Legislature gives final passage to Medicaid expansion, sends bill to LePage

Posted March 28, 2014, at 11:36 a.m.
Last modified March 28, 2014, at 4:19 p.m.

AUGUSTA, Maine — All eyes are on Republican Gov. Paul LePage after the state Senate on Friday granted final passage to a bill that would expand the state’s Medicaid program to roughly 70,000 low-income Mainers under the auspices of the federal Affordable Care Act.

The Senate voted without a roll call or debate to enact the measure, following the House’s enactment on March 20.

The bill now goes to LePage, who has 10 days to veto the bill or let it become law. Support in both chambers of the Legislature has so far not been strong enough to reach the two-thirds threshold necessary to override LePage’s veto.

Though the governor has pledged his veto, action on the bill is unlikely until next week. LePage was off on personal leave Friday and his spokeswoman, Adrienne Bennett, said he would not return until early next week.

Bennett would not disclose the governor’s location, saying his personal time is his own, but LePage has taken a Jamaican vacation this time every year since he was inaugurated, and lawmakers speculated he was in the Caribbean once again.

Medicaid expansion has dominated debate in the State House for the entirety of the 126th Legislature. Last year, LePage vetoed two expansion efforts passed by majority Democrats.

The expansion was a linchpin in President Barack Obama’s landmark 2010 health care law, providing state-funded health insurance to anyone who make less than 138 percent of the federal poverty level and subsidized private health insurance plans to anyone making between 138 percent and 400 percent of the federal poverty level.

But the U.S. Supreme Court in 2012 struck down the provision of the law requiring Medicaid expansion, leaving the decision up to each state.

Each side in the debate, which has fallen mostly along partisan lines, has brought to the table its own studies, reports and predictions for how expansion will affect the state.

Democrats have cast the expansion as a health and economic boon, arguing it will provide life-saving health care to Maine’s most vulnerable and save the state $690 million over 10 years, according to a Kaiser Foundation study.

Republicans have argued that Maine can little afford to expand a MaineCare program they say has crowded out spending on education and other state programs. MaineCare represents 25 percent of the state’s general fund spending. Republicans also have cited a controversial report by the Rhode Island-based Alexander Group that predicts an $807 million cost to the state over 10 years.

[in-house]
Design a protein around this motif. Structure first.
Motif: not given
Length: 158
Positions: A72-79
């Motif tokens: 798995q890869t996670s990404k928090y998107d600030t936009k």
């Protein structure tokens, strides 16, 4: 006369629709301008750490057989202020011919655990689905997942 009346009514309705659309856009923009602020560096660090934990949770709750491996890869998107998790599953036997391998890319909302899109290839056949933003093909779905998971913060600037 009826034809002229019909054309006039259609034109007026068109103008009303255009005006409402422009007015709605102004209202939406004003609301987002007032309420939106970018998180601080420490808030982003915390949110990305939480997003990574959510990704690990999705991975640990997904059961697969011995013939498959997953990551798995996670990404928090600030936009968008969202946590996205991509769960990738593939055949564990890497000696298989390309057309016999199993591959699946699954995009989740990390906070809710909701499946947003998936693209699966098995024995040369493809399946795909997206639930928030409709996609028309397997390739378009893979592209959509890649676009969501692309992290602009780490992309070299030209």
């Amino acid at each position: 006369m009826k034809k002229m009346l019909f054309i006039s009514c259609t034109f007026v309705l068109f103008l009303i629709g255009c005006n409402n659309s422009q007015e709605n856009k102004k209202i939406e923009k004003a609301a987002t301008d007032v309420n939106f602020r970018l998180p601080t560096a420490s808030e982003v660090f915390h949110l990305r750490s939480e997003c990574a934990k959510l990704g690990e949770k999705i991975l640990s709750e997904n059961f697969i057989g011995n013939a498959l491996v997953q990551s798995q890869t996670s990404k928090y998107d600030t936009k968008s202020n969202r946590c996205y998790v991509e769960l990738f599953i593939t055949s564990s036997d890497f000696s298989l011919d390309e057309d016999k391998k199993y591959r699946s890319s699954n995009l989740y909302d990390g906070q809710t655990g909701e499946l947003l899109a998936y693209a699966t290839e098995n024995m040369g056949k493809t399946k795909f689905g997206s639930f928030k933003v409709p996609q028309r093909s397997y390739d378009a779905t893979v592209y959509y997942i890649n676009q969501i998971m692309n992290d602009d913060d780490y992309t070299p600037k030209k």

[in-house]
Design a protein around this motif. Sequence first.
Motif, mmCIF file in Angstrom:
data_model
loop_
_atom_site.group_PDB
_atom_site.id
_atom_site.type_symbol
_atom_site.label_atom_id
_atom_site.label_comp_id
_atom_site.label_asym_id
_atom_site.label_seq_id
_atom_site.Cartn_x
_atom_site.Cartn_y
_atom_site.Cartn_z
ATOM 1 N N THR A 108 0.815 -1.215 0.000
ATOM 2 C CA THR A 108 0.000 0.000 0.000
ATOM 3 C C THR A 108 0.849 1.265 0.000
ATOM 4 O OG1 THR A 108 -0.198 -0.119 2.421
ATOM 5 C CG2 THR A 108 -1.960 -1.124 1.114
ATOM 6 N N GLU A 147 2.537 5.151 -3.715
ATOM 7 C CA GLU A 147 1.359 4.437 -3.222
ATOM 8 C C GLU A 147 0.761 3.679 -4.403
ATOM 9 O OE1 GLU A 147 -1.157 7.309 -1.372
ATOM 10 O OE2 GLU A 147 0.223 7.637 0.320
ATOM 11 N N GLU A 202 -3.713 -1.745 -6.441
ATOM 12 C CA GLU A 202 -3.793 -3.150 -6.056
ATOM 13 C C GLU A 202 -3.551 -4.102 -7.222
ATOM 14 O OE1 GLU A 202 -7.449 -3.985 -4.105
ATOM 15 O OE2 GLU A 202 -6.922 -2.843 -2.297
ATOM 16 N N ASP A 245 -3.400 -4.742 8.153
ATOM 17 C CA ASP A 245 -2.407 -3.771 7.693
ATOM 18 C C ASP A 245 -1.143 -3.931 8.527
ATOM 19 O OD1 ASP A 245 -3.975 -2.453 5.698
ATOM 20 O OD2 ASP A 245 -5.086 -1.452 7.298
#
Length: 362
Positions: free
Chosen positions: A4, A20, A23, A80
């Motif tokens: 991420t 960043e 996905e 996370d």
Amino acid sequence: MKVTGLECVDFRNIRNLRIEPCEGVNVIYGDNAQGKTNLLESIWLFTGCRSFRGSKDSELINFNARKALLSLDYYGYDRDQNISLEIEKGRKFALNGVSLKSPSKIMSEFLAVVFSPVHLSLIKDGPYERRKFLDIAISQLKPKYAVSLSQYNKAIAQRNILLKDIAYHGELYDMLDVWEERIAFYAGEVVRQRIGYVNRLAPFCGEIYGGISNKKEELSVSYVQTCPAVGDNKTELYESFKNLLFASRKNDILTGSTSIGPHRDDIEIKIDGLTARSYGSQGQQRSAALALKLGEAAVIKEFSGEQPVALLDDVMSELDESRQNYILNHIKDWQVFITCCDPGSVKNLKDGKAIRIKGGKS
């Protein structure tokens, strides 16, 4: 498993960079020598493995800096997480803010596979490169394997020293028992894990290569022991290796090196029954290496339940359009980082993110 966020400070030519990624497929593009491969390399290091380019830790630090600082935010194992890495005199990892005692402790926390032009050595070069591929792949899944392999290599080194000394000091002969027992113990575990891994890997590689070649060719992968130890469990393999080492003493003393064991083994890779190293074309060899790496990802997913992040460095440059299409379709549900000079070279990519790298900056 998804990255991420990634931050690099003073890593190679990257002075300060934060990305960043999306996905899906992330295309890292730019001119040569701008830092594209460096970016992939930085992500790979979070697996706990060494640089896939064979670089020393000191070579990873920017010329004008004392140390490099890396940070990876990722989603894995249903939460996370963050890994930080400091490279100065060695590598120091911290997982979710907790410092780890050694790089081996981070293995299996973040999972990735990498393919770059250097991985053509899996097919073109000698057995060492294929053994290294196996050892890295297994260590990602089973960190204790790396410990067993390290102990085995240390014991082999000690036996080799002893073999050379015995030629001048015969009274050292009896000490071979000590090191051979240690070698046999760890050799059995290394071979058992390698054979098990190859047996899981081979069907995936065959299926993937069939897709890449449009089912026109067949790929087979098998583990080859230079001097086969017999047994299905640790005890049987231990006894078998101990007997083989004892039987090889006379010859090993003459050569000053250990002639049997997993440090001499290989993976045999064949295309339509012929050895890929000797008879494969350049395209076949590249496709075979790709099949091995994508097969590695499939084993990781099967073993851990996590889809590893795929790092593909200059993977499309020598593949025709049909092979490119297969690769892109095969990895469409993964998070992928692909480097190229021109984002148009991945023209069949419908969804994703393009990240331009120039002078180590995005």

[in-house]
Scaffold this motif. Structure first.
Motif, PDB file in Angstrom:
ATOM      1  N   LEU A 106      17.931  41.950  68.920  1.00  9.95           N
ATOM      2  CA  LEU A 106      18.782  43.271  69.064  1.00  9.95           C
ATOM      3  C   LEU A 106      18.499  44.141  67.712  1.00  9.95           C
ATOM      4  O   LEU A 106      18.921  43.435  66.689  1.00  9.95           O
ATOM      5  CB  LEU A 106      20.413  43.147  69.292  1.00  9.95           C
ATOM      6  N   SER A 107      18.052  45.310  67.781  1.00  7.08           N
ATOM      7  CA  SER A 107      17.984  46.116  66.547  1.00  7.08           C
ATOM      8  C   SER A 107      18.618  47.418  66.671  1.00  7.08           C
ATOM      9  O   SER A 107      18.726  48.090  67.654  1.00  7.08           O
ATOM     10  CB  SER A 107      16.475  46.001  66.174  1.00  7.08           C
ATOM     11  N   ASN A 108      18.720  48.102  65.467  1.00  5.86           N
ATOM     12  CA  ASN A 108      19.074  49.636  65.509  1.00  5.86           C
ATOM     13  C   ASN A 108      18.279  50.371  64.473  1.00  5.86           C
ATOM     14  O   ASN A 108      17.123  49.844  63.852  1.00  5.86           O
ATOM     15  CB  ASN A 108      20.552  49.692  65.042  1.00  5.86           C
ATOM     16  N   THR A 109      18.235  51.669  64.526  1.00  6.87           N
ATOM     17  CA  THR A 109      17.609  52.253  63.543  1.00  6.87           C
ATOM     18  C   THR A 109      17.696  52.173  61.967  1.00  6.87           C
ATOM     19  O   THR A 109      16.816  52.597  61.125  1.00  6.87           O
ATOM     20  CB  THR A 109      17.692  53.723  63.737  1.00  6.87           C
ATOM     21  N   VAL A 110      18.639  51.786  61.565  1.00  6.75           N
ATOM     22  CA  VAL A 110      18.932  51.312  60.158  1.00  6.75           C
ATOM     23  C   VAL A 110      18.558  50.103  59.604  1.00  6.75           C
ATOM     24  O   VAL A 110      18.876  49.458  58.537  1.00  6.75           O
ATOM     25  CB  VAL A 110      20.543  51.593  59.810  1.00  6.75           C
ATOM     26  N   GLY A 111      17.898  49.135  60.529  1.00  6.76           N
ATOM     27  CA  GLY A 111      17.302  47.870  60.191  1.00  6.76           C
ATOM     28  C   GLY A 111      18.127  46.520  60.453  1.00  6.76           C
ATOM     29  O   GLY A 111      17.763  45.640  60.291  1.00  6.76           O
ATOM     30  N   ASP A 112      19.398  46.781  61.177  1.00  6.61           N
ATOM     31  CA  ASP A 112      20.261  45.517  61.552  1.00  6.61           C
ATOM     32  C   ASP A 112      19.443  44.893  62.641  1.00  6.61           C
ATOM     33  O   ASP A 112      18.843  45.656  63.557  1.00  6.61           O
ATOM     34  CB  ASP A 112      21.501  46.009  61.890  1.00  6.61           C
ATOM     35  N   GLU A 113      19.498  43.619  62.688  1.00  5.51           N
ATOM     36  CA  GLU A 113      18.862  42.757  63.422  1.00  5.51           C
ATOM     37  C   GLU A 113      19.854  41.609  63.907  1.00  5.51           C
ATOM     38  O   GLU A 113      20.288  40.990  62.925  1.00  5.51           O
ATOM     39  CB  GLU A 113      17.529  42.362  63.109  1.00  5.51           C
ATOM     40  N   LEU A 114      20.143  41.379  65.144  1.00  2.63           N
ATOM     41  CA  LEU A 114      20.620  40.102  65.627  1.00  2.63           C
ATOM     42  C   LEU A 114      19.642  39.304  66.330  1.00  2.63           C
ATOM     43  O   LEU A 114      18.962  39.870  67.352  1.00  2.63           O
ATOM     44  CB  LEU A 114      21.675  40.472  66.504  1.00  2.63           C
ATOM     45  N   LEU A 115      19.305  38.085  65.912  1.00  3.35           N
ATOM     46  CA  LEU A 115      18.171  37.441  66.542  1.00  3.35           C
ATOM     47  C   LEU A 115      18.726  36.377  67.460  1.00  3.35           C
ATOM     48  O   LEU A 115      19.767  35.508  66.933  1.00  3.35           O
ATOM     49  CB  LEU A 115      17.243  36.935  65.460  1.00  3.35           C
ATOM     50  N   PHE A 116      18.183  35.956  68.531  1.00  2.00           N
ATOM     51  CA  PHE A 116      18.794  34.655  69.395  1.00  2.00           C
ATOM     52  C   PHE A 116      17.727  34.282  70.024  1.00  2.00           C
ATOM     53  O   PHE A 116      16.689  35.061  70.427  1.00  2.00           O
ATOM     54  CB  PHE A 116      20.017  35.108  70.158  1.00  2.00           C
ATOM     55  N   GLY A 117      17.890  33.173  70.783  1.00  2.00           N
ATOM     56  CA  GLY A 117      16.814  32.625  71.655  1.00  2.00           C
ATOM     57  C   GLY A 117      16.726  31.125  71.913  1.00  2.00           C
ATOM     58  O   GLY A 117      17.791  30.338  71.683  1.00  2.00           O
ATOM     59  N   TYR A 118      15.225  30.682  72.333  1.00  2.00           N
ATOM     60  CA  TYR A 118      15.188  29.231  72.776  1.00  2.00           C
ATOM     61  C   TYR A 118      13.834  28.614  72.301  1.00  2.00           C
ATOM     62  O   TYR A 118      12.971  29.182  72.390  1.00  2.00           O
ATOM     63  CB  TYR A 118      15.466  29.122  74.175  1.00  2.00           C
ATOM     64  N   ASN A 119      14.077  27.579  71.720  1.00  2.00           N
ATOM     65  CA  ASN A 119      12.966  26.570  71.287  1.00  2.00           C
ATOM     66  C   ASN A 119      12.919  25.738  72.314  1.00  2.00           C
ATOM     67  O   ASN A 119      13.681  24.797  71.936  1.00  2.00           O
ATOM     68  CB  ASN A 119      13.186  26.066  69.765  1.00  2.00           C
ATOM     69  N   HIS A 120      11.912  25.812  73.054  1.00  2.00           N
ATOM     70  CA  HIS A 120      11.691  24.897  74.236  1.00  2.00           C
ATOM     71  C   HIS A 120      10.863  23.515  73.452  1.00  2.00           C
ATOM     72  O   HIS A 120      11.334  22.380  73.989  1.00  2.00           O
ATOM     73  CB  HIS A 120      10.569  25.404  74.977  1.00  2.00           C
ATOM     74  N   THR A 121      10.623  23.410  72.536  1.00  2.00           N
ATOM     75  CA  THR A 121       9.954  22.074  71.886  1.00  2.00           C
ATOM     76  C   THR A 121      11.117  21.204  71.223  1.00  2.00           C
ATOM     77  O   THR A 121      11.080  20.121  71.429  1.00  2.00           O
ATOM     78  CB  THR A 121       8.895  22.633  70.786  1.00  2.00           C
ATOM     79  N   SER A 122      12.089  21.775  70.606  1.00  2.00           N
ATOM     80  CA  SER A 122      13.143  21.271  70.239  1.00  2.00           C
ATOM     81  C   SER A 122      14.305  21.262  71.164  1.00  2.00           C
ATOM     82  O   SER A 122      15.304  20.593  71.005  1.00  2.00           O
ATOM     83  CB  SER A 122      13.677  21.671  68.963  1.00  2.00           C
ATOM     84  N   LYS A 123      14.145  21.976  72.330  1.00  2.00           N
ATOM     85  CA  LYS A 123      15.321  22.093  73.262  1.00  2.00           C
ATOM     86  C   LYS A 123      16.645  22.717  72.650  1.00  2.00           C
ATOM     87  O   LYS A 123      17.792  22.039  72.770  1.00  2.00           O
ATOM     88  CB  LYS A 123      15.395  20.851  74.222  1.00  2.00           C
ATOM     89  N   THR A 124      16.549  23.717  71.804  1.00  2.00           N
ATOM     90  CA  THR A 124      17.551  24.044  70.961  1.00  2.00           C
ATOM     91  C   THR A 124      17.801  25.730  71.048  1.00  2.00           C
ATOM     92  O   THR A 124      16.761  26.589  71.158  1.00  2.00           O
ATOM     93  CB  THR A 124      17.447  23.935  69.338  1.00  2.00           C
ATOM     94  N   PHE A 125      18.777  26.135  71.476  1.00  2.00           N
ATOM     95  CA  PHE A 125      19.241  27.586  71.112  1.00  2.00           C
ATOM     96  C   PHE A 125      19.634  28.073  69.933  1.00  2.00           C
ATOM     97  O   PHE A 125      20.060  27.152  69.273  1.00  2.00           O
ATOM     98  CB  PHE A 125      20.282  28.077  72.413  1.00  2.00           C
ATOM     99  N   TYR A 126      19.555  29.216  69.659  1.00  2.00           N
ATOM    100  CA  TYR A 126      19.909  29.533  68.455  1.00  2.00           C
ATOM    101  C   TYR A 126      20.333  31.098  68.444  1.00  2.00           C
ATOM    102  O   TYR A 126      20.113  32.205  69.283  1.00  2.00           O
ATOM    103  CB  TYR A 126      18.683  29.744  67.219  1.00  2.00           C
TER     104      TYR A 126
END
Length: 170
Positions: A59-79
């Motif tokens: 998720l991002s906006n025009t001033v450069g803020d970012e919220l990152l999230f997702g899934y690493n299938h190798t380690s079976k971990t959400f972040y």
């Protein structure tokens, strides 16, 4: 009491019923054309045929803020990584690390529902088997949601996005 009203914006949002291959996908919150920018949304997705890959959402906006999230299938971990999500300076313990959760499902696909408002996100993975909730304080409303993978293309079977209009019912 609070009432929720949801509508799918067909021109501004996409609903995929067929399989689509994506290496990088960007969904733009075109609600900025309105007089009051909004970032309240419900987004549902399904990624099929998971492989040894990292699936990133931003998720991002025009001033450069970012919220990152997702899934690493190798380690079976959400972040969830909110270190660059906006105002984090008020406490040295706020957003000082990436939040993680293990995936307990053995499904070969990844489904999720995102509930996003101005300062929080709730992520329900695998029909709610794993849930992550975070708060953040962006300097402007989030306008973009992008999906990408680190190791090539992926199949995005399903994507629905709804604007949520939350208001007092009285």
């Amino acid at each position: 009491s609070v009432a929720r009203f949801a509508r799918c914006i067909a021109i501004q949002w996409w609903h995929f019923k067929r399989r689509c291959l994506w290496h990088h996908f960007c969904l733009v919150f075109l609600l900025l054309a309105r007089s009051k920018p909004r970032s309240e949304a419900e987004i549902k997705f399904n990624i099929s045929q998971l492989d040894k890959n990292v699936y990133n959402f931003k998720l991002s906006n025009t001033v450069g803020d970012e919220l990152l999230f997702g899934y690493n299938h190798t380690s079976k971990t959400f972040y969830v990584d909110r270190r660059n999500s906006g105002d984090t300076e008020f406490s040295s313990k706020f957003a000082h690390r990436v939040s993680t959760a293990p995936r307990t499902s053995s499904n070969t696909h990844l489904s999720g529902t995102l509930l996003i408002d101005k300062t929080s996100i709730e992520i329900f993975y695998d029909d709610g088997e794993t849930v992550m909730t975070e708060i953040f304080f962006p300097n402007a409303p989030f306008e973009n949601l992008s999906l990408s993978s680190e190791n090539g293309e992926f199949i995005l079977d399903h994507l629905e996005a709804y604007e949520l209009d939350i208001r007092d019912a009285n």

Despite the references to different numbers and analyses, many lawmakers have conceded that support or opposition of the bill is as ideological as it is pragmatic.

The bill approved by the Legislature was crafted by moderate Republican Sens. Roger Katz of Augusta and Tom Saviello of Wilton as a compromise, designed to bring more Republicans on board.

It combines Medicaid expansion with a plan to mandate big savings by outsourcing the publicly funded health insurance program to managed care organizations.

On paper, the bill addresses many of the concerns Republican opponents of expansion have raised for two years: The expansion lasts only as long as the federal government pays for nearly 100 percent of the cost, and it would require a vote of the Legislature to continue beyond that. It also includes an automatic opt-out if federal funding drops below promised levels. The Legislature’s nonpartisan budget analysts say the cost of the proposal is minimal.

It also uses built-in savings to clear out a waiting list of Medicaid recipients awaiting in-home and community services, which opponents have said need to be addressed before the program is expanded to include all of Maine’s poorest residents.

Still, the bill has struggled to gain Republican support. In the Senate, Katz and Saviello have been the only members of their caucus to support the bill. Even Sen. Patrick Flood, R-Winthrop, who voted for Medicaid expansion last year, opposed the measure.

If LePage vetoes the bill and the Legislature upholds his veto, there are two other potential vehicles by which Democrats could attempt to resurrect Medicaid expansion — bills by Senate Majority Leader Troy Jackson, D-Allagash, and House Speaker Mark Eves, D-North Berwick.

Jackson said Friday that he is keeping the details of his bill close to his vest, but intends to run it through the Senate if the Katz-Saviello plan is killed.

Follow Mario Moretto on Twitter at @riocarmine.

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